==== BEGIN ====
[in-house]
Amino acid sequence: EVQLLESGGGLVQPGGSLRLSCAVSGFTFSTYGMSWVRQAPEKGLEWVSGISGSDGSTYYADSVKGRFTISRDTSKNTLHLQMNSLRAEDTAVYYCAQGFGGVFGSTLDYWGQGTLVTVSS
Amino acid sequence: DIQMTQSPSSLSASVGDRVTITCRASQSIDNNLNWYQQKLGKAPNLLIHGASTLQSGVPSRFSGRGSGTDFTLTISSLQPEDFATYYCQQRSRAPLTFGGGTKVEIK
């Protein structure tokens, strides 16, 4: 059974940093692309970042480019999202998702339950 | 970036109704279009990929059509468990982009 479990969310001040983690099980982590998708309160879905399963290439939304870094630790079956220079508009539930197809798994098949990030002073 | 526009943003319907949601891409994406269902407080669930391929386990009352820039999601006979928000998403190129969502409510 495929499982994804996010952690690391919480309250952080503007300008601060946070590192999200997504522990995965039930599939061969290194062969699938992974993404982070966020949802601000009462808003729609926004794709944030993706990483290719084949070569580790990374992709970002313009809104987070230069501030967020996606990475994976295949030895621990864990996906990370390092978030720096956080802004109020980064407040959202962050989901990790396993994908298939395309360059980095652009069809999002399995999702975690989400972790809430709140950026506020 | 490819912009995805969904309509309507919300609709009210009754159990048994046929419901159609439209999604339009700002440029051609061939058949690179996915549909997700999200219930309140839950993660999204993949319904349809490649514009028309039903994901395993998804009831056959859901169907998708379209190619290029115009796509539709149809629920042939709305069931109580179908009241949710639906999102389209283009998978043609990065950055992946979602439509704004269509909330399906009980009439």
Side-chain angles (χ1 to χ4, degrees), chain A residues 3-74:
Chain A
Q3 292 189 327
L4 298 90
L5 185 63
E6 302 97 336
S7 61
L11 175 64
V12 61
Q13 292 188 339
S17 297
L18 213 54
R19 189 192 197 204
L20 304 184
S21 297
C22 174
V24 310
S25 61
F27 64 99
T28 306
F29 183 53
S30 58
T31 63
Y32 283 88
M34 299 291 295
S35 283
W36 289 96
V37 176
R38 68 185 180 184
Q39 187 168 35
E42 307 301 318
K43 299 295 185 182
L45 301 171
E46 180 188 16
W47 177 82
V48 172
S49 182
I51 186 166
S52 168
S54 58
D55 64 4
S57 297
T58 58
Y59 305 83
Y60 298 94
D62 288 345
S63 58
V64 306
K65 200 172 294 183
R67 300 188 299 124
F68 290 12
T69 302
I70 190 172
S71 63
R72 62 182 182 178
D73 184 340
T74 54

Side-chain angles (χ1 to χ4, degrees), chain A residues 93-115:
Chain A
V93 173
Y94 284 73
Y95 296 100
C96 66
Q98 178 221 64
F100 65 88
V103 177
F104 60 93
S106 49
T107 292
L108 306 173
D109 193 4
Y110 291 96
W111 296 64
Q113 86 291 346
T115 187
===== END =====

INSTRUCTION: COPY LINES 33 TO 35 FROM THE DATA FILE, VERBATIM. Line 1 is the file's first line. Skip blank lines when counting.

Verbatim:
R38 68 185 180 184
Q39 187 168 35
E42 307 301 318